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Fold Des. 1996;1(6):441-50.

Protein folding funnels: the nature of the transition state ensemble.

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  • 1Department of Physics, University of California at San Diego, La Jolla 92093-0319, USA. wolynes@aries.scs.uiuc.edu



Energy landscape theory predicts that the folding funnel for a small fast-folding alpha-helical protein will have a transition state half-way to the native state. Estimates of the position of the transition state along an appropriate reaction coordinate can be obtained from linear free energy relationships observed for folding and unfolding rate constants as a function of denaturant concentration. The experimental results of Huang and Oas for lambda repressor, Fersht and collaborators for C12, and Gray and collaborators for cytochrome c indicate a free energy barrier midway between the folded and unfolded regions. This barrier arises from an entropic bottleneck for the folding process.


In keeping with the experimental results, lattice simulations based on the folding funnel description show that the transition state is not just a single conformation, but rather an ensemble of a relatively large number of configurations that can be described by specific values of one or a few order parameters (e.g. the fraction of native contacts). Analysis of this transition state or bottleneck region from our lattice simulations and from atomistic models for small alpha-helical proteins by Boczko and Brooks indicates a broad distribution for native contact participation in the transition state ensemble centered around 50%. Importantly, however, the lattice-simulated transition state ensemble does include some particularly hot contacts, as seen in the experiments, which have been termed by others a folding nucleus.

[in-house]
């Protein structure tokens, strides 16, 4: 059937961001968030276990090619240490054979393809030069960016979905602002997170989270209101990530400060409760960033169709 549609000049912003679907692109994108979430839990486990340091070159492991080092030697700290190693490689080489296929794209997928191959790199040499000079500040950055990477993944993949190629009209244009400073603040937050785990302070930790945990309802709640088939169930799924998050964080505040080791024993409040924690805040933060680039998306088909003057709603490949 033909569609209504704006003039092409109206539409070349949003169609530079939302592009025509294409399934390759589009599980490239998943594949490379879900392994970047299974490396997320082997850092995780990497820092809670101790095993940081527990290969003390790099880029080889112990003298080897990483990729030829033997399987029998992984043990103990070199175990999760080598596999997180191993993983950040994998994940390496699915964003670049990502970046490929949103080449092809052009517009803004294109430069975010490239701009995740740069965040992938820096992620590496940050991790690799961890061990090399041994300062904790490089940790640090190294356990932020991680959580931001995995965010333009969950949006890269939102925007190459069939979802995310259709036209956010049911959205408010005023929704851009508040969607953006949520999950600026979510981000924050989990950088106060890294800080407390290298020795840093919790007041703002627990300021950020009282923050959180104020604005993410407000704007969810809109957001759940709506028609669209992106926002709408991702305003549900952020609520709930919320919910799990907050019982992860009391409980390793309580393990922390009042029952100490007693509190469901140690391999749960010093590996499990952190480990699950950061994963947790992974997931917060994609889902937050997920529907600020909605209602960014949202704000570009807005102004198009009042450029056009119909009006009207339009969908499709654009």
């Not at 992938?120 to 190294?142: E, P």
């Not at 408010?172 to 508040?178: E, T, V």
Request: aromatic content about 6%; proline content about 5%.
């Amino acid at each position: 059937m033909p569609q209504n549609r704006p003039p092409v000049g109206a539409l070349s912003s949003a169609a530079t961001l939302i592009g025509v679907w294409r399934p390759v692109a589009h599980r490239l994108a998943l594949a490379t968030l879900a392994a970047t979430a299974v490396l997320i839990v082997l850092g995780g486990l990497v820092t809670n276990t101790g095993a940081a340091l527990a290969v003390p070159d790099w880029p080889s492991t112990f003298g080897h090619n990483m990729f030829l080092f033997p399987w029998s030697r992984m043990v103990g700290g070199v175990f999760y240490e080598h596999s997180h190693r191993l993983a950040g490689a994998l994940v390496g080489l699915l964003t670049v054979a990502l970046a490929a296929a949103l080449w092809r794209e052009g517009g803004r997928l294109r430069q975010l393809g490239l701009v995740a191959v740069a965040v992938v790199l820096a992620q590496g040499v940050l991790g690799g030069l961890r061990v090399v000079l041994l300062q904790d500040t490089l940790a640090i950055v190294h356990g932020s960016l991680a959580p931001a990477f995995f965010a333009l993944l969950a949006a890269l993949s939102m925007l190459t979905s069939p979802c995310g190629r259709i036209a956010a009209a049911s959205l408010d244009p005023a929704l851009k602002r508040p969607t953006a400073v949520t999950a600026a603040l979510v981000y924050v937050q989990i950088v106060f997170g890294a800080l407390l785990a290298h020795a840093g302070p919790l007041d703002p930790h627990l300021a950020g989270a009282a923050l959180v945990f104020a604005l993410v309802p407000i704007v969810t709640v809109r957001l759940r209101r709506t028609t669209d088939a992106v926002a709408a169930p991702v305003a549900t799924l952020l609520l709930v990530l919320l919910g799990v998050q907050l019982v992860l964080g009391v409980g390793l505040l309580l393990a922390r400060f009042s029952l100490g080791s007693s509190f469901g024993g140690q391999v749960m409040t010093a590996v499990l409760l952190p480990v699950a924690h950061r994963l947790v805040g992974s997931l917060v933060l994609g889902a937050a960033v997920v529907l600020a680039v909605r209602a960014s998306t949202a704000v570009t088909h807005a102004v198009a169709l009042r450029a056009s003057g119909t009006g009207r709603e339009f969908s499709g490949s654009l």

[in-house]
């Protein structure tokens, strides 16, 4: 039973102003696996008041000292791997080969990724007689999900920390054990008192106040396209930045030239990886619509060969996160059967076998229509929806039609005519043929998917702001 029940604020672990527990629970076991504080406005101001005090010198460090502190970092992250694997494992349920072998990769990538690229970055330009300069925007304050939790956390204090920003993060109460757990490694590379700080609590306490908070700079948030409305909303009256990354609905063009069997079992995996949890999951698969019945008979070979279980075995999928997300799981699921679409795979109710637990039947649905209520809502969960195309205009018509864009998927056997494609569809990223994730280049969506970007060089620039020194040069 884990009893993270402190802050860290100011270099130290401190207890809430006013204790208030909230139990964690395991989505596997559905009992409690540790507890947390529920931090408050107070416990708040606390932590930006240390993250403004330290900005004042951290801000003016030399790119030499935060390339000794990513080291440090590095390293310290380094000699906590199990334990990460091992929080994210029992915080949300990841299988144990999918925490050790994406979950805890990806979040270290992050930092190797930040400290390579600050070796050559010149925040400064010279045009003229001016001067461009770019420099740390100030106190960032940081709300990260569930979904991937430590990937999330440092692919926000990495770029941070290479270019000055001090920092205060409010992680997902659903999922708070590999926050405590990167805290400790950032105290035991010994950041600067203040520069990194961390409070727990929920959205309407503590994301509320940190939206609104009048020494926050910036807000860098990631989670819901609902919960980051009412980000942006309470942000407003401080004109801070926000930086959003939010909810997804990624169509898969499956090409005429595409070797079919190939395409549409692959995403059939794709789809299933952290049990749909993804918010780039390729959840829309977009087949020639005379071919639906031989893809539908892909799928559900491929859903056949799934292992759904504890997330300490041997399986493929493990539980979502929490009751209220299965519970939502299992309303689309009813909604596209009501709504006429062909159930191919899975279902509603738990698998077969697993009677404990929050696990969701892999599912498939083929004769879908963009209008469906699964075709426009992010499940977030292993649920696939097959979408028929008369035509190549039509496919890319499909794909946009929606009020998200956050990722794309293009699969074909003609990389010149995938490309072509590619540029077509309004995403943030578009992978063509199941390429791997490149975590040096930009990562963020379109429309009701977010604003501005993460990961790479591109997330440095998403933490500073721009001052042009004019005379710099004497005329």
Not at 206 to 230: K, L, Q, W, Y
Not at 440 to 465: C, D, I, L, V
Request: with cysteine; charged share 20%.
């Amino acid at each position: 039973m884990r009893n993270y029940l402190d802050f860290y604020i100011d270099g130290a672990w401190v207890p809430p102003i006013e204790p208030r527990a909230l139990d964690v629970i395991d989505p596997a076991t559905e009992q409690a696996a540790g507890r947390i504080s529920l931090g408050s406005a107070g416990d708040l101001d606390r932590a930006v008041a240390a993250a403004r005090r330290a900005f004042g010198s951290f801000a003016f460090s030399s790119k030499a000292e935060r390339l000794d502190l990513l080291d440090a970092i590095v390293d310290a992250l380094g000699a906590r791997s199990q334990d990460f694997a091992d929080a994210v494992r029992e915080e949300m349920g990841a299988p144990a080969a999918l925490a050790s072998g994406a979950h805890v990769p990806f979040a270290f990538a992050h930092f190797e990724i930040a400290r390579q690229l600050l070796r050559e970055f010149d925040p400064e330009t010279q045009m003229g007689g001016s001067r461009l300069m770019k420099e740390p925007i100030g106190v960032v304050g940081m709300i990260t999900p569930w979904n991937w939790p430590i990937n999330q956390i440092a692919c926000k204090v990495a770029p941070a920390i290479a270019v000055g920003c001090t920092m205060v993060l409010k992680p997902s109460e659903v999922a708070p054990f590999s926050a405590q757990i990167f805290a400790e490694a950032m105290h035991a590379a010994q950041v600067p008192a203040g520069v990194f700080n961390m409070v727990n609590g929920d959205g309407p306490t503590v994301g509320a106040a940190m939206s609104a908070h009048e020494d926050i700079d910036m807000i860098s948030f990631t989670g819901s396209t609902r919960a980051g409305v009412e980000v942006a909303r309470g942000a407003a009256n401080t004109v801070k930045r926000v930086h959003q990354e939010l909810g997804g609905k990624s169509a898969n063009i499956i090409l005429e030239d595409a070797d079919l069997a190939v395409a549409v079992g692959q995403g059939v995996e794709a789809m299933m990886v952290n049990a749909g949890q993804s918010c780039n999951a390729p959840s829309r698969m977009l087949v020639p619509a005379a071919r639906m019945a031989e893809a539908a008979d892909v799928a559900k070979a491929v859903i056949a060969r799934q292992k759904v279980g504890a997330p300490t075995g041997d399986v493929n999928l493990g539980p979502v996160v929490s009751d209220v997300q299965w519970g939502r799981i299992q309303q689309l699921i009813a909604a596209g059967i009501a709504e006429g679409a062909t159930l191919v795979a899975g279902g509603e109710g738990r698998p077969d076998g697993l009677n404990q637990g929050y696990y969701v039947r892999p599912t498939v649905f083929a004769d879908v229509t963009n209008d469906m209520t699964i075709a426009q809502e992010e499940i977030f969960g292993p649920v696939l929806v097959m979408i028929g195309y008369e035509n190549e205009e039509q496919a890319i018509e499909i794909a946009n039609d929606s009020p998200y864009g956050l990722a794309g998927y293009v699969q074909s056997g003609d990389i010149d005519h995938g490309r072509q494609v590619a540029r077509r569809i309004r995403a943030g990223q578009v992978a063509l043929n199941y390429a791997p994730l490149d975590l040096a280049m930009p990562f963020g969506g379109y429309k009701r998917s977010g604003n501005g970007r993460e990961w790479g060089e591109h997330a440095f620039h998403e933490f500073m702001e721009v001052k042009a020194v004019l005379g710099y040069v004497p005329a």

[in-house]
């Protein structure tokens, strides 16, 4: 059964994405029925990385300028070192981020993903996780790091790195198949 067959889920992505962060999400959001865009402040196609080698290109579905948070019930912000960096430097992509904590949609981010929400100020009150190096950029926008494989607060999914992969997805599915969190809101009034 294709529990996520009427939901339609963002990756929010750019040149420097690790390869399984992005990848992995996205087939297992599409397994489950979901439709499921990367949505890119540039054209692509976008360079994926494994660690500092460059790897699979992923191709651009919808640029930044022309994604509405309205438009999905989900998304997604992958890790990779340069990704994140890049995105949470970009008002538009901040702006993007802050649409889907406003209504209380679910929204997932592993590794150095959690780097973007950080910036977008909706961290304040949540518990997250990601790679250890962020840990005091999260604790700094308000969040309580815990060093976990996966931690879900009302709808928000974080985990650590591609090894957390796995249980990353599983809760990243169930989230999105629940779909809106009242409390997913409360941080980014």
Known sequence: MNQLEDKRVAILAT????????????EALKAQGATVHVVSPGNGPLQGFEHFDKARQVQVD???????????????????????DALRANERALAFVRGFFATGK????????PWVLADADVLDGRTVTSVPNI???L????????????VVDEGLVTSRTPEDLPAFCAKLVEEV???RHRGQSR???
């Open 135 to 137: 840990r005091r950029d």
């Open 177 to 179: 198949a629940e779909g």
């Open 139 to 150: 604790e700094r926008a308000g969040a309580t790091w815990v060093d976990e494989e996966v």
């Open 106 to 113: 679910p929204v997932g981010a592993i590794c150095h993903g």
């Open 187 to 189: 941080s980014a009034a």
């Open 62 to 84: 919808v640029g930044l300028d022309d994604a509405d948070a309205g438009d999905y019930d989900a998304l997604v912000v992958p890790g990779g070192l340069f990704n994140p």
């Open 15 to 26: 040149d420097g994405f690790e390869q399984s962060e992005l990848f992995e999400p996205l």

Linear free energy relations provide a crude spectroscopy of the transition state, allowing us to infer the values of a reaction coordinate based on the fraction of native contacts. This bottleneck may be thought of as a collection of delocalized nuclei where different native contacts will have different degrees of participation. The agreement between the experimental results and the theoretical predictions provides strong support for the landscape analysis.

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